- Last Updated: 01 February 2017 01 February 2017
Robie (Kristen) Robitaille (daughter of Bob and Kathy), 40 years old, ME/CFS 14 years
For the past 14 years I have suffered from fatigue. I spent 12 years of that time just trying to figure out why I was constantly tired. I had no guidance from medical professionals. I bounced from doctor to doctor, trying something different during times when I would be so desperate for relief from the unrelenting sensation of moving through mud and thinking through fog. I saw physicians, acupuncturists, psychologists, psychiatrists, chiropractors, and a hormone specialist; tried veganism, the paleo diet, a numbing agent injected in the back of my head, anti-depressants, Chinese herbs, neural retraining, chakra alignment and lots of different supplements.
My condition has gotten worse over the years. What little social life I had stopped a few years ago. I am unable to work. I am no longer able to exercise. I can’t read more than a short article. I am mostly housebound. If I do go out to an event or a family gathering, my condition deteriorates even further. The resulting crashes now usually last about 2 weeks. During these periods, I am constantly nauseas and feel physically very ill. I become ultra sensitive to light, sound and visual stimulation. I experience severe headaches and emotional instability. I can only move between my bed and the bathroom, and feeding myself becomes a challenge. The most painful of all is that I completely lose the ability to read. So not only am I unable to escape my broken body by diving into a good story, but I also lose the connection to my online community of fellow housebound sufferers of invisible illnesses.
These severe crashes are terrifying. On top of feeling like death, I have to balance a positive outlook with the reality that if I continue to push myself to enjoy the things I love, I could end up completely incapacitated.
I have just started hearing stories about other people who are frustrated that ME/CFS is keeping them from finishing graduate and doctoral degrees. I am sorry for them, but their stories do help me feel justified in dropping out of school, which is something I never imagined I would do. I love school, and I love the path I was on before being floored by this illness.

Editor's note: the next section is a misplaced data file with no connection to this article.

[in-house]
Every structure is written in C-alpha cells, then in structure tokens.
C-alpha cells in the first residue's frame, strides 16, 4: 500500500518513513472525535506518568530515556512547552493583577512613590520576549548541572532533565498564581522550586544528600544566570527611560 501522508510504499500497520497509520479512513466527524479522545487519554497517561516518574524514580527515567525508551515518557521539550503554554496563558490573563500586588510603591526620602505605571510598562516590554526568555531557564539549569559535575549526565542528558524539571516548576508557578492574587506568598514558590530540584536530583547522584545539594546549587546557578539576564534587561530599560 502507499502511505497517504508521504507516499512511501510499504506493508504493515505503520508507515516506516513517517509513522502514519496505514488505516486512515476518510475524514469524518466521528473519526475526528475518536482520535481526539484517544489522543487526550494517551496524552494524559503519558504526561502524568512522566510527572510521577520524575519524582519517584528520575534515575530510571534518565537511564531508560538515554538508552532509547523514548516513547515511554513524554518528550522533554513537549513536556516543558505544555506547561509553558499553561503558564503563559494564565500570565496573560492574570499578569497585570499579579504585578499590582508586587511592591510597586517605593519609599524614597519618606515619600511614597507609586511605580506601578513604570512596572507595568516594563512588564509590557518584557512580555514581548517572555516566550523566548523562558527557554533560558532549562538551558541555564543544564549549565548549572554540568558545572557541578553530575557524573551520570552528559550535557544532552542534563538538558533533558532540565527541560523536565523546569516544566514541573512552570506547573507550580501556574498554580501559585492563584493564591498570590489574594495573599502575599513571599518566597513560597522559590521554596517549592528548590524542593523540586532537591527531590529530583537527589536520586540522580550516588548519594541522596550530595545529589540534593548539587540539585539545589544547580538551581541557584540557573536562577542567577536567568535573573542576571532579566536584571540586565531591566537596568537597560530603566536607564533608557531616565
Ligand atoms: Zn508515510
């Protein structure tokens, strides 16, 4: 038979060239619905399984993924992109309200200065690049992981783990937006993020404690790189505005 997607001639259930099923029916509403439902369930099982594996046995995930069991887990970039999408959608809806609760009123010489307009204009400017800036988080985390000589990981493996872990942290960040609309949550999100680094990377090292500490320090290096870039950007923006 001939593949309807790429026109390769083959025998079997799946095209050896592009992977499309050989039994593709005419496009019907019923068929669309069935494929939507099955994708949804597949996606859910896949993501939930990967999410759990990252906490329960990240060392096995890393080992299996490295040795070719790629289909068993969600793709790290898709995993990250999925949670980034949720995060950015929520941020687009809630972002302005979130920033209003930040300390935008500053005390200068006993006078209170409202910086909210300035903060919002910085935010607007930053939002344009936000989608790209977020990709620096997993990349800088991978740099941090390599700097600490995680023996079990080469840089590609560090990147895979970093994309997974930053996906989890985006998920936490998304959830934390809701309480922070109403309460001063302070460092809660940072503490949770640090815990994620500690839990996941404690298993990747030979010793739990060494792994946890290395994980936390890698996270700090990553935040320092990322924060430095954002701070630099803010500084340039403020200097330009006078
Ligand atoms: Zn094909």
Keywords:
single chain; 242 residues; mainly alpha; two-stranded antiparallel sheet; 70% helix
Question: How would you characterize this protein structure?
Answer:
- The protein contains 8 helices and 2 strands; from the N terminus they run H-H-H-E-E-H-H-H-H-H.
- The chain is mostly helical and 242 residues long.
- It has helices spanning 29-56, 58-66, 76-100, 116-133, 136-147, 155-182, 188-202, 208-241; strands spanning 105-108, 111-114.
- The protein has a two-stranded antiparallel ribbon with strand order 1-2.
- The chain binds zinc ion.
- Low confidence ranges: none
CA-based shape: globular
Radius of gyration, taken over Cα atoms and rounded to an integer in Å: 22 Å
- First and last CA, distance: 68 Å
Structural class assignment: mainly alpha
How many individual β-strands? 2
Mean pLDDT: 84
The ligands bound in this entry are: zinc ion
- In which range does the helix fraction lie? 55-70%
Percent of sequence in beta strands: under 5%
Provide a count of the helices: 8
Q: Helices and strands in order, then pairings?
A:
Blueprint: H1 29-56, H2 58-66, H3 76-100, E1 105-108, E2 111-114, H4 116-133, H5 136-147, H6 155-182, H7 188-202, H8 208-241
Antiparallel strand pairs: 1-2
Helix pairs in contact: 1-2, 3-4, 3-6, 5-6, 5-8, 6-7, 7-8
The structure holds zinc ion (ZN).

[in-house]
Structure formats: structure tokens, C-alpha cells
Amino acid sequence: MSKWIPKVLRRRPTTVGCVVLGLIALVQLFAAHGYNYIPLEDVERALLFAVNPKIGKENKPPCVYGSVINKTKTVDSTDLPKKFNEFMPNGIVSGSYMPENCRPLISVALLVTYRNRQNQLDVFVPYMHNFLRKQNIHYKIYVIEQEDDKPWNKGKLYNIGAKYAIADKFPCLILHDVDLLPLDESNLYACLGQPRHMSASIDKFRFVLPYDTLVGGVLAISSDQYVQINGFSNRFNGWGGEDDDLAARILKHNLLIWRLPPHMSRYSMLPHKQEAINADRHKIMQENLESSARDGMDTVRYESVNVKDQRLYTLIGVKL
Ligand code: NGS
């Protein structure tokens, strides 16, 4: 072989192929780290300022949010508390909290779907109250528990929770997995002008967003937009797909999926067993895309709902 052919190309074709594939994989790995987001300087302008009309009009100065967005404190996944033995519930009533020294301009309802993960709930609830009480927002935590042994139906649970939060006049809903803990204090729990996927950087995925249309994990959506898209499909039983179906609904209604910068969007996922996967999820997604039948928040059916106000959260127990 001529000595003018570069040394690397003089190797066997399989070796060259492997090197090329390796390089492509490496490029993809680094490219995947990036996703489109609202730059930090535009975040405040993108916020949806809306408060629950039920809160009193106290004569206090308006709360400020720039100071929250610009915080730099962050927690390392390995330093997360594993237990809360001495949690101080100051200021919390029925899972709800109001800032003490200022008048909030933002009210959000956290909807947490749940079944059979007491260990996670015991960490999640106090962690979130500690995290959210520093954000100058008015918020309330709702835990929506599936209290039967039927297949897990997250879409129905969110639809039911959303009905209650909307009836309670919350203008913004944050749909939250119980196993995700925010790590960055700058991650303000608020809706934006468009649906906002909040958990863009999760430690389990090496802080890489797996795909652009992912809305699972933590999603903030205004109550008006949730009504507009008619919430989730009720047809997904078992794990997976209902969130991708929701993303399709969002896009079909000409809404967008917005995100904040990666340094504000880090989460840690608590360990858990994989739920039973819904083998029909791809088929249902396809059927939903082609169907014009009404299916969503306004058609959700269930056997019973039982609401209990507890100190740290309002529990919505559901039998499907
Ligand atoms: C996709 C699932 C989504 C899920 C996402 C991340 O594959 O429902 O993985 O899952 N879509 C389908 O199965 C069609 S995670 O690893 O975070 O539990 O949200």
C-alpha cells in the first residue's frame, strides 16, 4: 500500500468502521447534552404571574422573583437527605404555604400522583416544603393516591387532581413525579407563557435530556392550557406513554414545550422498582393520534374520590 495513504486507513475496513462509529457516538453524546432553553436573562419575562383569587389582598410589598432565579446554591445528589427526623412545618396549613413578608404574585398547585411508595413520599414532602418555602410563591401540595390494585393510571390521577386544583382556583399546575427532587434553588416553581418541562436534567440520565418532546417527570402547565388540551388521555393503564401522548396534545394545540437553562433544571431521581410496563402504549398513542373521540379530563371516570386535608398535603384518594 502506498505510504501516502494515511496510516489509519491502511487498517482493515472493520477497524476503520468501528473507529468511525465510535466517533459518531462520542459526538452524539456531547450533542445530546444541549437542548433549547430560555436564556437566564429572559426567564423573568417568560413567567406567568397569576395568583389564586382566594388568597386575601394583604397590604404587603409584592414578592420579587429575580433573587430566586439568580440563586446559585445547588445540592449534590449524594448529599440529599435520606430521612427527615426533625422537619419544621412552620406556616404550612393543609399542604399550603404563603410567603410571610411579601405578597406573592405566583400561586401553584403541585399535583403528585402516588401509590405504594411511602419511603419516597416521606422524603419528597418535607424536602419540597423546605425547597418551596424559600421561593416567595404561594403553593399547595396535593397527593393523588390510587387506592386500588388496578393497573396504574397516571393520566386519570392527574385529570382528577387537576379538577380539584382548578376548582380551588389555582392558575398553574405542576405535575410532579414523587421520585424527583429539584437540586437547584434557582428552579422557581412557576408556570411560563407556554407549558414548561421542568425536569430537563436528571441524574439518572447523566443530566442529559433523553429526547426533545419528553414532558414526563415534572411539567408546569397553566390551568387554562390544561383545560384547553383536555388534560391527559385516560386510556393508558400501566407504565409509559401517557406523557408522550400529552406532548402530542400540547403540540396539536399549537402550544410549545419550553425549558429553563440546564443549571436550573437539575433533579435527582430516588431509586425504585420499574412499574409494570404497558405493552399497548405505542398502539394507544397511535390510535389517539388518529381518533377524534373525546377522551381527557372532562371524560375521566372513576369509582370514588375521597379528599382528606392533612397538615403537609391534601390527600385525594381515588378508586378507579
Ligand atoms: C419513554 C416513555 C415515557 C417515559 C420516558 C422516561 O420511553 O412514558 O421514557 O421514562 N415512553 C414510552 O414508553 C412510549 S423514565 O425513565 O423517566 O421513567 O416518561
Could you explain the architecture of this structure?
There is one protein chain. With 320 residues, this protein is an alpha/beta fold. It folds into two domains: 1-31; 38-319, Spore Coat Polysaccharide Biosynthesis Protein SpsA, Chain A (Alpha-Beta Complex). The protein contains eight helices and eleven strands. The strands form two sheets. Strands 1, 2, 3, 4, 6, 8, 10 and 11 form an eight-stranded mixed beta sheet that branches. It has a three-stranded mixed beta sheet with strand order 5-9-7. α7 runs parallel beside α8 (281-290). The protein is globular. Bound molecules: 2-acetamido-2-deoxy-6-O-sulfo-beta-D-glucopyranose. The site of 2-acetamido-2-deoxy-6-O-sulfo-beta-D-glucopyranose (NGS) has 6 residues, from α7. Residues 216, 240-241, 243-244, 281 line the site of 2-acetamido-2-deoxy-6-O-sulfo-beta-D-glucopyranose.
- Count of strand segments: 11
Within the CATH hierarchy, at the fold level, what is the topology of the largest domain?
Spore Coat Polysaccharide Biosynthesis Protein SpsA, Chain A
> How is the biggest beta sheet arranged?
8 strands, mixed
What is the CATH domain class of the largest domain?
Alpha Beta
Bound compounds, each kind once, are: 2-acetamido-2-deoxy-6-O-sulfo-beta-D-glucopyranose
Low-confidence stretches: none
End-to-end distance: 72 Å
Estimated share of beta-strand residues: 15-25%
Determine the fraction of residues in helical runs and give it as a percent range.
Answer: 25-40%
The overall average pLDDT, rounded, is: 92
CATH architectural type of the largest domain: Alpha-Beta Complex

Four years ago I began the masters of counseling psychology program at Texas A&M University in Central Texas. 2 years into my program I did my practicum, where I served as a counselor for men, women and children. It was like a dream come true! But I was SO SICK. Between clients, I would curl up on a couch and cry because it was so hard to sit up and focus during sessions. Once a week throughout the semester, I would spend the night sleeping in my car near the counseling center in order to spend less time driving and more time sleeping.
All of that effort and there is a stigma that I am lazy. And no doctor could tell me what was wrong with me. Since that painful practicum 2 years ago, I moved to a friend's farm, stopped working and slowed to only one class per semester.
I have a 4.0 GPA. I have one and a half classes and two internships left. I believe I would be a great therapist. However, I will most likely be unable to complete my masters degree because I have ME/CFS. Last semester, I suffered through the grief of acknowledging this fact when I became so sick that I had to drop out of school.
Instead of working to fulfill my dream of helping other people through their own difficult times, I spend my days lying around by myself, trying not to dwell on the fact that life is passing me by. This condition started when I was 26 years old. I am now 40 years old and planning to move halfway across the country to live with my folks because I am no longer physically or financially able to live on my own.
Of the estimated 2 1/2 million Americans with ME/CFS, straining our economy by an estimated $17 billion, how many of them are being held back from aspirations of helping others? Of creating art? Of becoming a parent. Or of being a leader in the community? Millions of people around the world, full of potential, are wasting away day after day on a couch or in a bed because research for ME/CFS does not receive the funding it requires to discover treatment options.
- Last Updated: 01 February 2017 01 February 2017
January 13, 2017
Chair and Members of CFSAC,
My name is Leah Williams. My husband and I live in Cambridge, MA. Both of our children have ME/CFS. My son, now aged 21, became sick when he was 12. He had what seemed like an ordinary cold, except that he never got well again. Instead, he suffered increasingly from headaches, joint pain, unrefreshing sleep, overwhelming fatigue and difficulty concentrating. He missed most of high school because he was too sick to physically attend. His health has improved somewhat over the last few years and he is attending college, but he does not have the energy or stamina of a healthy kid his age. My daughter, now aged 18, also became sick at around the age of 12. Her symptoms were similar and equally debilitating and have gradually gotten worse. She is enrolled in our local high school, but is much too sick to attend. She is taking online classes and has a tutor at home.